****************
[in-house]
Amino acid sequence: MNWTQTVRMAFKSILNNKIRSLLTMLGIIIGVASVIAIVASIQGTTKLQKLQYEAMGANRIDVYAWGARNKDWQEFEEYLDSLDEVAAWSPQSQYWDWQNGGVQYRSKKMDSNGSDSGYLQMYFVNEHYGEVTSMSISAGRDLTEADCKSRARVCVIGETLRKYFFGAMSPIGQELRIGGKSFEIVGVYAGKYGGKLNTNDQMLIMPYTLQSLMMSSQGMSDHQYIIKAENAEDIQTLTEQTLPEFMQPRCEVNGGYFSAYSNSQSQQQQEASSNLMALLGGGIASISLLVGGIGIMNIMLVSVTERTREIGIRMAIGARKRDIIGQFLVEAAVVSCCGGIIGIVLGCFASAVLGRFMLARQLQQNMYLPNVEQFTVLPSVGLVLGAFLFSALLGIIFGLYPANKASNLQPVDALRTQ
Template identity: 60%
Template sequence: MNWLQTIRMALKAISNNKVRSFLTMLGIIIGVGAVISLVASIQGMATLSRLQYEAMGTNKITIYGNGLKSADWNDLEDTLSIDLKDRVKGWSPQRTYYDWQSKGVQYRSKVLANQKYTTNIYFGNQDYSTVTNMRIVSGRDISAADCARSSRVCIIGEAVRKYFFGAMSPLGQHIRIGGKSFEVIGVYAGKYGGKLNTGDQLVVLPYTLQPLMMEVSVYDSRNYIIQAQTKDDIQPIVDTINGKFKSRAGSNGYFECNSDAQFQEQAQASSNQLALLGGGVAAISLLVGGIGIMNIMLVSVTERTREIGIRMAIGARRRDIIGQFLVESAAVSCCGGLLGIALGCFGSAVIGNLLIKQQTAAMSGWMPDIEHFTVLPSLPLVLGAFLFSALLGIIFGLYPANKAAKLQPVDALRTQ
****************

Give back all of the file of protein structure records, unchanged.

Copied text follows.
[in-house]
Amino acid sequence: MNWTQTVRMAFKSILNNKIRSLLTMLGIIIGVASVIAIVASIQGTTKLQKLQYEAMGANRIDVYAWGARNKDWQEFEEYLDSLDEVAAWSPQSQYWDWQNGGVQYRSKKMDSNGSDSGYLQMYFVNEHYGEVTSMSISAGRDLTEADCKSRARVCVIGETLRKYFFGAMSPIGQELRIGGKSFEIVGVYAGKYGGKLNTNDQMLIMPYTLQSLMMSSQGMSDHQYIIKAENAEDIQTLTEQTLPEFMQPRCEVNGGYFSAYSNSQSQQQQEASSNLMALLGGGIASISLLVGGIGIMNIMLVSVTERTREIGIRMAIGARKRDIIGQFLVEAAVVSCCGGIIGIVLGCFASAVLGRFMLARQLQQNMYLPNVEQFTVLPSVGLVLGAFLFSALLGIIFGLYPANKASNLQPVDALRTQ
Template identity: 60%
Template sequence: MNWLQTIRMALKAISNNKVRSFLTMLGIIIGVGAVISLVASIQGMATLSRLQYEAMGTNKITIYGNGLKSADWNDLEDTLSIDLKDRVKGWSPQRTYYDWQSKGVQYRSKVLANQKYTTNIYFGNQDYSTVTNMRIVSGRDISAADCARSSRVCIIGEAVRKYFFGAMSPLGQHIRIGGKSFEVIGVYAGKYGGKLNTGDQLVVLPYTLQPLMMEVSVYDSRNYIIQAQTKDDIQPIVDTINGKFKSRAGSNGYFECNSDAQFQEQAQASSNQLALLGGGVAAISLLVGGIGIMNIMLVSVTERTREIGIRMAIGARRRDIIGQFLVESAAVSCCGGLLGIALGCFGSAVIGNLLIKQQTAAMSGWMPDIEHFTVLPSLPLVLGAFLFSALLGIIFGLYPANKAAKLQPVDALRTQ